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Cumin.

Source

Drugs and Lactation Database (LactMed) [Internet]. Bethesda (MD): National Library of Medicine (US); 2006-.

Excerpt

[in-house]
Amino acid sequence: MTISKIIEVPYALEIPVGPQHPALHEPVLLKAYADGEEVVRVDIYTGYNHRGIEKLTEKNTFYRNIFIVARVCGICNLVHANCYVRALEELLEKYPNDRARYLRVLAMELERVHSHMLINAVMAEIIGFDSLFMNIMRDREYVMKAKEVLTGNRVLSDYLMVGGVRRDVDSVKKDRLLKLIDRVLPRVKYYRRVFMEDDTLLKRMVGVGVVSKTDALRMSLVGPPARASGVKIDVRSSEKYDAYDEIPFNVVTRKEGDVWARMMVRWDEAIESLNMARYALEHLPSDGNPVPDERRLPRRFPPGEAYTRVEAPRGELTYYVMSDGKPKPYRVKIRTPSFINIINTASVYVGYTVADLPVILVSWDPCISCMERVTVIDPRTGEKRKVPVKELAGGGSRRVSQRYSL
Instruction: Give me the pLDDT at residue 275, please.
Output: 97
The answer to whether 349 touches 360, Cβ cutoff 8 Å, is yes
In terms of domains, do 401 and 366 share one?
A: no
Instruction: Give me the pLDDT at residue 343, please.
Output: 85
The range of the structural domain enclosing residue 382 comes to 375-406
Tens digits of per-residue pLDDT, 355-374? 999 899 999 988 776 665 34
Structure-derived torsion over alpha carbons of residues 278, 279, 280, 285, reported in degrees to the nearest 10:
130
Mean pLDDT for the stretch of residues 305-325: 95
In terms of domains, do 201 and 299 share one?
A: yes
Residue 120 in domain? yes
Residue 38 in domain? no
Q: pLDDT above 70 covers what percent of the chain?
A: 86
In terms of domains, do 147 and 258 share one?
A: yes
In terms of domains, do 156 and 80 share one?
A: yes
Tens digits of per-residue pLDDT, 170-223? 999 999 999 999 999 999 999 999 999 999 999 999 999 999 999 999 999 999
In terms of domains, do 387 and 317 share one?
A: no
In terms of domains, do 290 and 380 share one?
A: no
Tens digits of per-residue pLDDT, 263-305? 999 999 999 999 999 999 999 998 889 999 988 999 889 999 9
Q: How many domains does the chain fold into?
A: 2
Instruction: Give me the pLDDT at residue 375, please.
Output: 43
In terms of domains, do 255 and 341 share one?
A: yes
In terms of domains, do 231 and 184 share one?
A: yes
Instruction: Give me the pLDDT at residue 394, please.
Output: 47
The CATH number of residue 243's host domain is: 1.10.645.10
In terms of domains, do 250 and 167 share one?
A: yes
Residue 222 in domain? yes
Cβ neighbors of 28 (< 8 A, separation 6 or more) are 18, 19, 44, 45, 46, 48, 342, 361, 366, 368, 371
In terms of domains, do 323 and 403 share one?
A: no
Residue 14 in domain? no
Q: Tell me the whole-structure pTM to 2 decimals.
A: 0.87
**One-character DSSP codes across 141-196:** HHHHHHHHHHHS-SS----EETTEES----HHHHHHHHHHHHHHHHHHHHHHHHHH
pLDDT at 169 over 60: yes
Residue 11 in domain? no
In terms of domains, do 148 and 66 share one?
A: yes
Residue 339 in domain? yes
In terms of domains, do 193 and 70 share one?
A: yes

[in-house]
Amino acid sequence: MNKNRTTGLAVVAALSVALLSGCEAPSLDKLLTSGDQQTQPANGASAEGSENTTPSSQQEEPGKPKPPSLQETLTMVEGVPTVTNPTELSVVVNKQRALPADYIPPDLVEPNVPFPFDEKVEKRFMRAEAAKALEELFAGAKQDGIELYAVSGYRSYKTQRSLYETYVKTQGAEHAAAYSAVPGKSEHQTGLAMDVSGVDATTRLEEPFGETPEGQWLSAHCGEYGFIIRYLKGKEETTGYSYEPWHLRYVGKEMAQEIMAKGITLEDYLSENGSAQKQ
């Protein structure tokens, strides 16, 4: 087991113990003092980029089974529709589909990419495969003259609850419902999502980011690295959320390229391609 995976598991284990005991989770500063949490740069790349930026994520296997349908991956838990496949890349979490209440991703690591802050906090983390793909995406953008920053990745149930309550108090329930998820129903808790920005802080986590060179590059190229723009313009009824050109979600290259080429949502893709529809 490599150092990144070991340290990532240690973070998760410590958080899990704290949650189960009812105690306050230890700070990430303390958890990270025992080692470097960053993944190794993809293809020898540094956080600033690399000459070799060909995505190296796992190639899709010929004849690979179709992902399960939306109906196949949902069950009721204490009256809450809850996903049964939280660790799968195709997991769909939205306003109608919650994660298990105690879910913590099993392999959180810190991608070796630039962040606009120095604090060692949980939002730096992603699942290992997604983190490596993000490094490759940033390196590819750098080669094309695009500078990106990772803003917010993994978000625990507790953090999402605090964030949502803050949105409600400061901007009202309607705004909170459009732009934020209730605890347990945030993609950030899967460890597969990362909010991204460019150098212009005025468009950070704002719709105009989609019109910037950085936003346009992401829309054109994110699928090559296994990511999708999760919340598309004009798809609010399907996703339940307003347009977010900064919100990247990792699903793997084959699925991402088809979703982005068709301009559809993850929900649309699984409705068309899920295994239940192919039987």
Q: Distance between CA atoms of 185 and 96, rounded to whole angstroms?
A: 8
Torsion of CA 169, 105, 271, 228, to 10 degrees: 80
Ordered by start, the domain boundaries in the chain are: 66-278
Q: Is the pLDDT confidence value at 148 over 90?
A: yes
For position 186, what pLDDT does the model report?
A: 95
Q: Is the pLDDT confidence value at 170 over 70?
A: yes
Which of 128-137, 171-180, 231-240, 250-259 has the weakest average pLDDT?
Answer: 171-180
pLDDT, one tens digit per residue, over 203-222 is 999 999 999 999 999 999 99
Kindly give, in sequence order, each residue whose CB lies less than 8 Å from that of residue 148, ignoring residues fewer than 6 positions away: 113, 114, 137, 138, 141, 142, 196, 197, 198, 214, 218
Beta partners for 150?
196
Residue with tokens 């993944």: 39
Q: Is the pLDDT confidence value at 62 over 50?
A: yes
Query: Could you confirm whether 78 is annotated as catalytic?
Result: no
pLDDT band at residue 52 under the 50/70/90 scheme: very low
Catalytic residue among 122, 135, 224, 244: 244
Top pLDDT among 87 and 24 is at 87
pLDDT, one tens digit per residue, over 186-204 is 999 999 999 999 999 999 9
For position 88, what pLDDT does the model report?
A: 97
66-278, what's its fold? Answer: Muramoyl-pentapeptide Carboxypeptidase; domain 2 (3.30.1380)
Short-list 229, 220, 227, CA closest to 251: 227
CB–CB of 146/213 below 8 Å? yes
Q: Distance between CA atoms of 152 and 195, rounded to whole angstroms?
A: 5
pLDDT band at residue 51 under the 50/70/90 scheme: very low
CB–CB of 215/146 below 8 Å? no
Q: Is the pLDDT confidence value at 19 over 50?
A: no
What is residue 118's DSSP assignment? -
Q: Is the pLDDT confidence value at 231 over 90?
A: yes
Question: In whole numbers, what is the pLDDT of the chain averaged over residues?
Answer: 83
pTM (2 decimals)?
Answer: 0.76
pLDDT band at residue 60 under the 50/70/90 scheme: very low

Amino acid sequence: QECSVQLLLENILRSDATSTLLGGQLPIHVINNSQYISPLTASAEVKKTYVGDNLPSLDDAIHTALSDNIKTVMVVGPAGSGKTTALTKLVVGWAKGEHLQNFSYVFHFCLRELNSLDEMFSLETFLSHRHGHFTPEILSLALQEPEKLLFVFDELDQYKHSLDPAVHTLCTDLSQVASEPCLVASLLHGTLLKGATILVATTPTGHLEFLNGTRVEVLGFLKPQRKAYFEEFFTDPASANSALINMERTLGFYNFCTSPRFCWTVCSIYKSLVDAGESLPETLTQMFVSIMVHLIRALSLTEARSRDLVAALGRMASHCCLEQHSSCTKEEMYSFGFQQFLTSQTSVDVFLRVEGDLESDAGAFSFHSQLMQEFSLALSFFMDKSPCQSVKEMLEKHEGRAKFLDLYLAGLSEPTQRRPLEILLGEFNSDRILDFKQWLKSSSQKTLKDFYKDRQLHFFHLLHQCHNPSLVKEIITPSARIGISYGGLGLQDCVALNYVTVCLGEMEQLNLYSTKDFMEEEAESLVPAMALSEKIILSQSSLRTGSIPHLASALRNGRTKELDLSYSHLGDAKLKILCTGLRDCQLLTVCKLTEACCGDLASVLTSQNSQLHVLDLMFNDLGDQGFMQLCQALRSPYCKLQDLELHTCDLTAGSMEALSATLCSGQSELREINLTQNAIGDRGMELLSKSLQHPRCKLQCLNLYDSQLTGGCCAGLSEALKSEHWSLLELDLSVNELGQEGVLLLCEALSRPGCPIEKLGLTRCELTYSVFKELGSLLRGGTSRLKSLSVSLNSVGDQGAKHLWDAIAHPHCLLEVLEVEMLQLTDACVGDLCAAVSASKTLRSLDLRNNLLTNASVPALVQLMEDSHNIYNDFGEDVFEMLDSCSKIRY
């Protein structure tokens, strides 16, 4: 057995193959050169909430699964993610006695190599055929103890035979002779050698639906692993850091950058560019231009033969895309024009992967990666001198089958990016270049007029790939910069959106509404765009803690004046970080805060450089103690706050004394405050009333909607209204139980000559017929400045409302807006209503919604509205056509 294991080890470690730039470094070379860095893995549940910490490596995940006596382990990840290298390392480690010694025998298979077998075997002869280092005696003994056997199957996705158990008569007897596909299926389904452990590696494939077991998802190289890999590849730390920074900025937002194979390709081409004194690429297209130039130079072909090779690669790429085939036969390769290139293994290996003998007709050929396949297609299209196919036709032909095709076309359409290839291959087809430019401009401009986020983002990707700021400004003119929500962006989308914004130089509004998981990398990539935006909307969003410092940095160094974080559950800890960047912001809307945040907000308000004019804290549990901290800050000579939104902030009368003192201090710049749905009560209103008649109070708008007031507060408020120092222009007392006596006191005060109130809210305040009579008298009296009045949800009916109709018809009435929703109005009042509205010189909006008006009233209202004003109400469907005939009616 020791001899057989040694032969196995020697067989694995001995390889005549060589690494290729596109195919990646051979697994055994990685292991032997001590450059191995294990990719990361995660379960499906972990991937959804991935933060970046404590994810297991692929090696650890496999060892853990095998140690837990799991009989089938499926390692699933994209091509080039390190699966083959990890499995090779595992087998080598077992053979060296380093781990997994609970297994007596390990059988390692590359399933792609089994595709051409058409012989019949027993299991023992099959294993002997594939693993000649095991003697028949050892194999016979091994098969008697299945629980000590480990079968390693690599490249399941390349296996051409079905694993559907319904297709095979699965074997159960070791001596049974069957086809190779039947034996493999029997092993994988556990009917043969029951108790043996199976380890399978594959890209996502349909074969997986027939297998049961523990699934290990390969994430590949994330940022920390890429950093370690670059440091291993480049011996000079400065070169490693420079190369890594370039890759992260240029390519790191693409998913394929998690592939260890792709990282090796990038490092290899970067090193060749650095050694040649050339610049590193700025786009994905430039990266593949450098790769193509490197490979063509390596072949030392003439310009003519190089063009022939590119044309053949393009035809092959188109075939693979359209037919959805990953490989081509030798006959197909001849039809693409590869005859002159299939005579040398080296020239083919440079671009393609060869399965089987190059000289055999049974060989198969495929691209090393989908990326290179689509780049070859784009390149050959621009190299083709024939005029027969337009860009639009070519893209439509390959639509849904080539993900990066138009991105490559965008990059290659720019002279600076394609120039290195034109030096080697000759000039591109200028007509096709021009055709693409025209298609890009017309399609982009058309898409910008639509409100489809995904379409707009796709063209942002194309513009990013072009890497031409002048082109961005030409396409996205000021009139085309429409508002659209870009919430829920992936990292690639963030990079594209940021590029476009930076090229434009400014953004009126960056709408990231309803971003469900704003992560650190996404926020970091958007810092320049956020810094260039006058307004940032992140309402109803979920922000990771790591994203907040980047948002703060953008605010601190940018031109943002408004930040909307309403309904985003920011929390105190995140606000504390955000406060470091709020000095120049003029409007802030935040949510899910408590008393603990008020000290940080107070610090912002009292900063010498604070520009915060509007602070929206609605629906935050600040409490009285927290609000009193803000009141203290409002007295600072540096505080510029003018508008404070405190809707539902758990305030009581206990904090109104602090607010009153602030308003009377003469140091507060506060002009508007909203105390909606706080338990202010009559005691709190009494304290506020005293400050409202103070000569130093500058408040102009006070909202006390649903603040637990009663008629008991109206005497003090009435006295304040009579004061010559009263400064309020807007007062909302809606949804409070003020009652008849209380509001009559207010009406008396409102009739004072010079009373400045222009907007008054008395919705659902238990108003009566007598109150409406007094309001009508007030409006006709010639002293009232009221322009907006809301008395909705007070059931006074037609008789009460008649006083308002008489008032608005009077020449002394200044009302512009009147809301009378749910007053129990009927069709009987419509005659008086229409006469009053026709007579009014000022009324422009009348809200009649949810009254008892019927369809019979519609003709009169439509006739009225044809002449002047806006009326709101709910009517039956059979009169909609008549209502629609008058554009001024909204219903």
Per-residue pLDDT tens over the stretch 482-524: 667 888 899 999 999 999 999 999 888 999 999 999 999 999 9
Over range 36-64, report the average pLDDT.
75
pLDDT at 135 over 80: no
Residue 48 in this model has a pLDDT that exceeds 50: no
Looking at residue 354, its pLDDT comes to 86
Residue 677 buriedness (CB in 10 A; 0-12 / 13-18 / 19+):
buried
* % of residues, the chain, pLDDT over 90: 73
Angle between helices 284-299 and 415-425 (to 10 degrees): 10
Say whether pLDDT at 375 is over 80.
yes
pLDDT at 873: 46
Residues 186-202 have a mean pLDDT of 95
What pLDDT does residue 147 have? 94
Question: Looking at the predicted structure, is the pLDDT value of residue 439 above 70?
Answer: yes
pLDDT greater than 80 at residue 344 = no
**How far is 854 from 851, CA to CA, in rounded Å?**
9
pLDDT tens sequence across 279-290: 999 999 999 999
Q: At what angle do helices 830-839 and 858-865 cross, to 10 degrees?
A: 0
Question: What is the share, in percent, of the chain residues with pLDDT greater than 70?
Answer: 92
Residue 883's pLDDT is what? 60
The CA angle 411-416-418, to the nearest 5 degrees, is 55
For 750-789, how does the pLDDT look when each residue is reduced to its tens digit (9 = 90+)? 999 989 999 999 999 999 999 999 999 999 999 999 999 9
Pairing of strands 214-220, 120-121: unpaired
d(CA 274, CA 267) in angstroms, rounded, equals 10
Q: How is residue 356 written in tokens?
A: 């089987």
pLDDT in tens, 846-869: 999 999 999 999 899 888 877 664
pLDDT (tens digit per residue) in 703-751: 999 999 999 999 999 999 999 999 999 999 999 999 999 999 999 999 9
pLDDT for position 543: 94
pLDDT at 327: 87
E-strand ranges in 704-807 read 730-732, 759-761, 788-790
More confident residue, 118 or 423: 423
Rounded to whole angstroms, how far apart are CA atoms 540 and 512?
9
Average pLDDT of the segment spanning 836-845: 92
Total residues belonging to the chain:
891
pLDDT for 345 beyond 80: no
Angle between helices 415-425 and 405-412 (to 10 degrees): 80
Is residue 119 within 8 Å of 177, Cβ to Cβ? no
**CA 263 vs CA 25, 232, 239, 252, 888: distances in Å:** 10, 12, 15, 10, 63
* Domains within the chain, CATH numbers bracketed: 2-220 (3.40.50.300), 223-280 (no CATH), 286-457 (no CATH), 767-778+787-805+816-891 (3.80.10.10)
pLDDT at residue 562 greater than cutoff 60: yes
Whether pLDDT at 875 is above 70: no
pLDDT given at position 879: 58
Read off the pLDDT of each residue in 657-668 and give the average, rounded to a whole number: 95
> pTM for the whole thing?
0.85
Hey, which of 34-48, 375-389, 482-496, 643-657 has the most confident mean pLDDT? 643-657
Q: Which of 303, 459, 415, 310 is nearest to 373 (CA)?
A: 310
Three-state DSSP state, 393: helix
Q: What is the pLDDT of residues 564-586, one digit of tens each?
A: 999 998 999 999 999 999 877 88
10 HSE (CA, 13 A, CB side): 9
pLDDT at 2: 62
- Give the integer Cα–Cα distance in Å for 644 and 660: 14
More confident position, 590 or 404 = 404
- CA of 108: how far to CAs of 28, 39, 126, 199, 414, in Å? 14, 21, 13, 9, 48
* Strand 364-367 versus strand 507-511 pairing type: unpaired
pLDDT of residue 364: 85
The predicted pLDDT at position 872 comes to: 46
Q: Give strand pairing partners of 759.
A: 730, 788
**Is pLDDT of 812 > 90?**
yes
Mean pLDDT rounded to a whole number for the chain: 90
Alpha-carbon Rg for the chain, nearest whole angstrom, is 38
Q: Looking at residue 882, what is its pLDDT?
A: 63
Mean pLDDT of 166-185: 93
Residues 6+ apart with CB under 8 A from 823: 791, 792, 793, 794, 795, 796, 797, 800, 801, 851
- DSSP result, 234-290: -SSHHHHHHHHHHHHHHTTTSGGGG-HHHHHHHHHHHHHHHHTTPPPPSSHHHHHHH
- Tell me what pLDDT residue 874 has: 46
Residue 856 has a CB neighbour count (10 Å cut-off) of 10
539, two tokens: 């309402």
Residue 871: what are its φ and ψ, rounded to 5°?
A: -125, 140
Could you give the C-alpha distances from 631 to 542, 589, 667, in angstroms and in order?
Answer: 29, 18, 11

Cumin (Cuminum cyminum) seed contains a volatile oil that contains cuminaldehyde and other aldehydes; the seeds also contain numerous flavonoids and terpenes. Cumin has been used as a galactogogue in India;[1][2] however, no scientifically valid clinical trials support this use. Galactogogues should never replace evaluation and counseling on modifiable factors that affect milk production.[3] No data exist on the excretion of any components of cumin into breastmilk or on the safety and efficacy of cumin in nursing mothers or infants. Cumin is "generally recognized as safe" (GRAS) as a spice and flavoring by the U.S. Food and Drug Administration. Cumin is generally well tolerated, but occasional phototoxic skin reactions have been reported after contact with the oil. Those allergic to cumin or related herbs should avoid cumin. Dietary supplements do not require extensive pre-marketing approval from the U.S. Food and Drug Administration. Manufacturers are responsible to ensure the safety, but do not need to prove the safety and effectiveness of dietary supplements before they are marketed. Dietary supplements may contain multiple ingredients, and differences are often found between labeled and actual ingredients or their amounts. A manufacturer may contract with an independent organization to verify the quality of a product or its ingredients, but that does not certify the safety or effectiveness of a product. Because of the above issues, clinical testing results on one product may not be applicable to other products. More detailed information about dietary supplements is available elsewhere on the LactMed Web site.

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